Indonesian economy remains resilient amid global economic threat, is it true?

Indonesian economy remains resilient amid global economic threat, is it true?

JI-Jakarta. There are rumors from the developed countries that a breeze of recession is coming. The inflation virus has infected the world, and shockingly, forced central banks all over the world to push the interest rate up. As a result, the world economy shrunk during the last months of 2022.

In the past year, global headline inflation has surged from 4.7 to 8.8 percent year-on-year (yoy), reaching the highest level since the late 2008 financial crisis. Energy prices were the main driver with skyrocketing oil and gas prices.

Other drivers, such as supply-chain disruptions, clogged ports and food-supply shortages, which mainly are the collateral damages from the Russian-Ukraine war, have also contributed particularly in Europe and other emerging countries. There are signs that inflation appears to be abating in December, but it is unwise to expect a quick normalization in 2023, at least not in the early quarters.

Finance Minister Sri Mulyani Indrawati reiterated the government’s commitment to maintaining positive trends of Indonesia’s economic recovery in the midst of global challenges and uncertainties.

“We will ensure that our high economic growth will continue in 2023. We will maintain all factors supporting our national economy, including consumption,” Indrawati stated at the national economy webinar.

To maintain the public consumption level, the minister said the government would allocate Rp104 trillion (US$6.65 billion) for food resilience programmes to ensure food prices not to inflate.

State-Owned Enterprises (SOEs) Minister Erick Thohir said that he expects Indonesia’s economy to grow by five percent this year. Indonesia’s economic growth rate exceeds the global average, and it ranks second among G20 countries, trailing only India (6.1 percent).

According to the International Monetary Fund (IMF), Indonesia’s economic growth will be higher this year than that of China (4.40 percent) and the United States (one percent). Other G20 countries, such as Italy, Germany, and Russia, are expected to experience negative economic growth. Erick said he believes Indonesia must maintain its momentum if it is to grow into a major nation.

Indonesia’s foreign direct investment (FDI) surged 44.2 per cent on a yearly basis in 2022, with the base metal and mining sectors getting the biggest inflows, investment ministry data showed.

Indonesia received 654.4 trillion rupiah (S$57.8 billion) worth of FDI last year, or equivalent to US$45.6 billion in the ministry’s official calculation, which assumes an exchange rate of 14,350 rupiah to the US dollar.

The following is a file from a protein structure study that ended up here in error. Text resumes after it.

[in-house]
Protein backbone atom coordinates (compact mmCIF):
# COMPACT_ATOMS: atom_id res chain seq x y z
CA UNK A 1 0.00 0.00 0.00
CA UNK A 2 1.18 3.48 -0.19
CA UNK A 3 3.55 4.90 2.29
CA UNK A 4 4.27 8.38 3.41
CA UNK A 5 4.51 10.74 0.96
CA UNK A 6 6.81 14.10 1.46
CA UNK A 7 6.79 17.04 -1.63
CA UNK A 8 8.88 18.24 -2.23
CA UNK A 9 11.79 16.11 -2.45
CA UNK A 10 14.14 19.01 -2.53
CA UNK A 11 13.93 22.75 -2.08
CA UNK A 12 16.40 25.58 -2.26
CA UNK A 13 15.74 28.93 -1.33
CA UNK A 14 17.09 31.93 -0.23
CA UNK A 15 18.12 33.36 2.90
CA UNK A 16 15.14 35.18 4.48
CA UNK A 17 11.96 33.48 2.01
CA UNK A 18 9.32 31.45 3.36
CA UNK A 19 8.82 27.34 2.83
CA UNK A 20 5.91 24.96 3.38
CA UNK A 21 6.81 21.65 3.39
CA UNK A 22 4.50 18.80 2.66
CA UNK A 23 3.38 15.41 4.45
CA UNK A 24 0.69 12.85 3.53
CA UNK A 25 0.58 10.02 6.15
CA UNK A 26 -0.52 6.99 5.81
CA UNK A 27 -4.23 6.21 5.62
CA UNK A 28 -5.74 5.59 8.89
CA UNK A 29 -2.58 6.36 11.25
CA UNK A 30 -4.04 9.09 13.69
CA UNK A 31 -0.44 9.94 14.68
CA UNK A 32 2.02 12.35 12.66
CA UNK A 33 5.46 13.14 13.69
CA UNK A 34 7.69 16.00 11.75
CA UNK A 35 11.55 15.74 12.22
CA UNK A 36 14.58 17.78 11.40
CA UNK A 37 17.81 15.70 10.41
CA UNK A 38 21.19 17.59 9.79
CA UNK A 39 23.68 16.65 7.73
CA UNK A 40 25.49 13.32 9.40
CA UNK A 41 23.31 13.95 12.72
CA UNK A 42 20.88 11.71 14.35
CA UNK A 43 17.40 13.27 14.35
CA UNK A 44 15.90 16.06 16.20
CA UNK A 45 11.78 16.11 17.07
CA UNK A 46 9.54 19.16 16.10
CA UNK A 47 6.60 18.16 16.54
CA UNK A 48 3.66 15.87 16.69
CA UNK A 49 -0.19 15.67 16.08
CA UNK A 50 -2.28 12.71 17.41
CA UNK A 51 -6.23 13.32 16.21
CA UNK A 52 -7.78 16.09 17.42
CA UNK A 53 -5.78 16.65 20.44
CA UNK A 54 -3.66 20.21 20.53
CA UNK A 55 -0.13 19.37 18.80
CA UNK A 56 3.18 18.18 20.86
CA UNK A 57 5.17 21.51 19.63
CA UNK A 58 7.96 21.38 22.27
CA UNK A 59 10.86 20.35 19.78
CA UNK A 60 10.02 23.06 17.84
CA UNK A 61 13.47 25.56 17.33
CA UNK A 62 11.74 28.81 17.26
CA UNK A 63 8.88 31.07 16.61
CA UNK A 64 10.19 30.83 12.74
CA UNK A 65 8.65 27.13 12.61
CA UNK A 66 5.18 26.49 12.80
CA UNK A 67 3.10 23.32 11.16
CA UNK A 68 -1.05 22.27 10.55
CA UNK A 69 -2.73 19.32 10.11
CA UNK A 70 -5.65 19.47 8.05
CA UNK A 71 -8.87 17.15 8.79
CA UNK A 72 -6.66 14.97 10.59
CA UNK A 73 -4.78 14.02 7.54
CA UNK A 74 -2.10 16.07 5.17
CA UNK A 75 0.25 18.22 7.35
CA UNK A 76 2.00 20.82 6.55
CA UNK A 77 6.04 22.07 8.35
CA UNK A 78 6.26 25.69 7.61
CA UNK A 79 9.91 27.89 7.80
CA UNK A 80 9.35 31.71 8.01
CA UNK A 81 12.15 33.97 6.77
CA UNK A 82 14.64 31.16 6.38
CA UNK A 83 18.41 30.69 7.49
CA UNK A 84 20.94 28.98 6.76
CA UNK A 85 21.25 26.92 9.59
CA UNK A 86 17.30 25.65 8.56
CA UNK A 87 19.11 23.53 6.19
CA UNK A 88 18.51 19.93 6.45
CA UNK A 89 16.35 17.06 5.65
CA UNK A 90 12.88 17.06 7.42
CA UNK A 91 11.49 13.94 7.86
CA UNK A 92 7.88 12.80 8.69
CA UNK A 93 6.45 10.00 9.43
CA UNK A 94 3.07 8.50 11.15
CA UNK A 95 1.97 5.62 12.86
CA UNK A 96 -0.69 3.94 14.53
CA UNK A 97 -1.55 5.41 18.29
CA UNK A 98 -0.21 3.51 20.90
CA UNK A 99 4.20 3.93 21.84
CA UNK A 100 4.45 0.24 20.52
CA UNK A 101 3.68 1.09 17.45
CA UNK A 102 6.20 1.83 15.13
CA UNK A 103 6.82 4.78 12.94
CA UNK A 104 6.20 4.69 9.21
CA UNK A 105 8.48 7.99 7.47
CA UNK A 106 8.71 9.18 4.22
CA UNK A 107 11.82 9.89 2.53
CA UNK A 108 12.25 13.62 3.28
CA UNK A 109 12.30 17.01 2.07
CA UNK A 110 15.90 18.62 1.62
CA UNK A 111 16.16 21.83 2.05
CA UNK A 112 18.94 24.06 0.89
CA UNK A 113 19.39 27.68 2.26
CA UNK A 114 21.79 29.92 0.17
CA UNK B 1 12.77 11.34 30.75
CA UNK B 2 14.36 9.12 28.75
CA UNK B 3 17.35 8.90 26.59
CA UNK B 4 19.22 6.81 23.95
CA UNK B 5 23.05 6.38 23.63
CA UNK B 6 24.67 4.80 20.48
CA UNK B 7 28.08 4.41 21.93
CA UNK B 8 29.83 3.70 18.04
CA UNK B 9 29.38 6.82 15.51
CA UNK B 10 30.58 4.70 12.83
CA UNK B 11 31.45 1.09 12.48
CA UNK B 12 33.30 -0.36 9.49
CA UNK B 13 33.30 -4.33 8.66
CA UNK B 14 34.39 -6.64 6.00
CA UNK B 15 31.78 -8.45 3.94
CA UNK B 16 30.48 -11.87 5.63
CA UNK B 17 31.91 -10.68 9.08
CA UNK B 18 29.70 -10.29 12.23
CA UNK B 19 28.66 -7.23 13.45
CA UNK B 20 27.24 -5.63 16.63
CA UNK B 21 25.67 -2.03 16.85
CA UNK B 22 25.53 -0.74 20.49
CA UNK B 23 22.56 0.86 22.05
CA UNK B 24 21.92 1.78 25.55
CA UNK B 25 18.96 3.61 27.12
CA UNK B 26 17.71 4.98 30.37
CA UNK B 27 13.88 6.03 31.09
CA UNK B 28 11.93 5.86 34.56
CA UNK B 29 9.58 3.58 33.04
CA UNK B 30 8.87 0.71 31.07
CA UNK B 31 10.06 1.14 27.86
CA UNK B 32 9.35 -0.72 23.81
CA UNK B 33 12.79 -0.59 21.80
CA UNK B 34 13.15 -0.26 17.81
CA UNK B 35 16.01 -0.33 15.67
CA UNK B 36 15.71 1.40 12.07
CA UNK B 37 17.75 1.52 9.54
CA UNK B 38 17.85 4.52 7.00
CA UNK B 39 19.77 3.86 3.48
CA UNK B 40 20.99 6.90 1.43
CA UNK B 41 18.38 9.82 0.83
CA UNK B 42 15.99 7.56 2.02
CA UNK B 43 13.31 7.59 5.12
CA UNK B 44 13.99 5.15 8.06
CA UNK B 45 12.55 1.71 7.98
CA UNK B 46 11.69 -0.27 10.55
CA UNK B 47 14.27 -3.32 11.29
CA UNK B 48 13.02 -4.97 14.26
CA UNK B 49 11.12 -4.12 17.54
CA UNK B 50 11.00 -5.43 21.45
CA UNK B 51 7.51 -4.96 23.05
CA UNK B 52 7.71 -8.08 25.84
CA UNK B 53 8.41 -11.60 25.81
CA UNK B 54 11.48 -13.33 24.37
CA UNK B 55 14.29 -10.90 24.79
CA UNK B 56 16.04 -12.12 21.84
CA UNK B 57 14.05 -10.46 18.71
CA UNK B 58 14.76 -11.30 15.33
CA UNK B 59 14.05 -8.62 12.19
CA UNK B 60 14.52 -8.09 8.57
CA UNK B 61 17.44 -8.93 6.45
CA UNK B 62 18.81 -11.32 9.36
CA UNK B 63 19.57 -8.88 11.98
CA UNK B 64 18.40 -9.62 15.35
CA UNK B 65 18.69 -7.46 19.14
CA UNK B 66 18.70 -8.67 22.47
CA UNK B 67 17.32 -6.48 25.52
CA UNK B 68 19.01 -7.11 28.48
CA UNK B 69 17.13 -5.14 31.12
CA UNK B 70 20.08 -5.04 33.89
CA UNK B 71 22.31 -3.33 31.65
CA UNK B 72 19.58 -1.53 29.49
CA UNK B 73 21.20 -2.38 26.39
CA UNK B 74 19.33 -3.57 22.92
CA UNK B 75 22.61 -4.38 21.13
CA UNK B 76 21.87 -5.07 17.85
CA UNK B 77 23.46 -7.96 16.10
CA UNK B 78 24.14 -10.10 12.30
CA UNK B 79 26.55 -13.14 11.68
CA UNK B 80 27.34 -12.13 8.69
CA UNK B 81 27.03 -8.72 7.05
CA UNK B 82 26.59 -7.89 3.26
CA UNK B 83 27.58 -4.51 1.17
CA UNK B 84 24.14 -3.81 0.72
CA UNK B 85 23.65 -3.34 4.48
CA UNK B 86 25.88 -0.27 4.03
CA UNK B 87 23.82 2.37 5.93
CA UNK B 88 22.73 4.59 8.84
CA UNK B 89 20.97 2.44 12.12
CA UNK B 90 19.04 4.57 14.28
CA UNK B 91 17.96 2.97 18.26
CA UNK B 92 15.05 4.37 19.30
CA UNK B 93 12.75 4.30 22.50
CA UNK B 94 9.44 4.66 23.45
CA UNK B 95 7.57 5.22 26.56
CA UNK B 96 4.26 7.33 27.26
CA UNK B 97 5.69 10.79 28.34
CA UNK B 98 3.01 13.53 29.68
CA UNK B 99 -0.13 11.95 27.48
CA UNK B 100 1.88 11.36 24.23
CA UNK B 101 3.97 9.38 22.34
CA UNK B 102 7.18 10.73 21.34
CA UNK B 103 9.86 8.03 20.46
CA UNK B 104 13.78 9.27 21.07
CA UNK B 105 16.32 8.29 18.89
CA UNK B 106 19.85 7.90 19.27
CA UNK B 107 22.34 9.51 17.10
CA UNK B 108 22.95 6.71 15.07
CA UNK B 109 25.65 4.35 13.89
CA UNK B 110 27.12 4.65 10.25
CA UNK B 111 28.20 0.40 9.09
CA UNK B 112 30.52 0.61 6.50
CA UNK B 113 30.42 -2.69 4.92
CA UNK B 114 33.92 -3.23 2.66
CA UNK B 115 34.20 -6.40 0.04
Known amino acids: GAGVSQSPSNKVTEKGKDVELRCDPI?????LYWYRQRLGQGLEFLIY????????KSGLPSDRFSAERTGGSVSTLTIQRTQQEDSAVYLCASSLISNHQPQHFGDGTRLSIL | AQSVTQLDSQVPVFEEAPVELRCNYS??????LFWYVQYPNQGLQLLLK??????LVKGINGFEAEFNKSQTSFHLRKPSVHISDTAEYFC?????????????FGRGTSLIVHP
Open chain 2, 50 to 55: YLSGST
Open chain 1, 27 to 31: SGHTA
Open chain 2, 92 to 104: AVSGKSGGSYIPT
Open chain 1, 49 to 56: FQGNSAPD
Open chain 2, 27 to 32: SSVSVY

The data excludes investment in the banking and oil and gas sectors. The resource-rich country has been trying to capitalise on its abundant nickel reserves to develop battery and electric vehicle industries at home.

The Finance Ministry reported that the government debt has reached IDR7,733.99 trillion until the end of December 2022, up from IDR6,908.87 trillion at the end of 2021.

Finance Ministry Director Suminto, on the other hand, said that the government’s debt is still at a safe level, citing fiscal discipline, the results of international agency assessments, portfolio development, and debt risk, as well as several steps the government can take to manage the debt.

He said that the increase in government debt over the last year was primarily due to increased financing needs as a result of the state budget deficit.

Bank Indonesia Governor Perry Warjiyo gave a positive assessment of China’s easing of lockdown policies at the Bank Indonesia Annual Investment Forum in Bali.

The policy will benefit both the global and Indonesian economies, he said. Other ASEAN countries, such as Singapore, the Philippines, Malaysia, and Thailand, will be economically impacted as well. Globally, China’s Zero-COVID policy relaxation results in a smoother flow of goods traffic.

The third quarter of 2022 saw Indonesia’s economy grow at one of the fastest rates among G20 members, according to President Jokowi on Sunday, with 5.72 percent and an inflation rate at 5.51 percent.

“Try to compare it with major G20 countries. As far as I remember, if we are not number one, then we are number two among the big countries,” said Jokowi. Therefore, he asked the community to help each other.

Finance Minister Sri Mulyani Indrawati said the United States’ economic growth, which affects the global economy, gives hope that the world economy will not enter a recession, despite the International Monetary Fund’s (IMF) prediction that the world will enter a recession in 2023. She also emphasized that the possibility of a recession remains, owing to the uncertainty of economic growth in each country.

Several investment projects have reportedly been put on hold following setbacks in the implementing regulations of the controversial Job Creation Law, which has led to uncertainty among investors wanting to do business in Indonesia.

Economic Affairs Coordinating Minister Airlangga Hartarto said the government was barred from making revisions and issuing regulations to implement the Job Creation Law following a 2021 Constitutional Court ruling that rendered the law conditionally unconstitutional.

The ruling stated that unless amendments were made within the next two years, the law would be deemed unconstitutional, but in December the government responded to the ruling by issuing an emergency regulation to replace the controversial law in the form of a government regulation in lieu of law.

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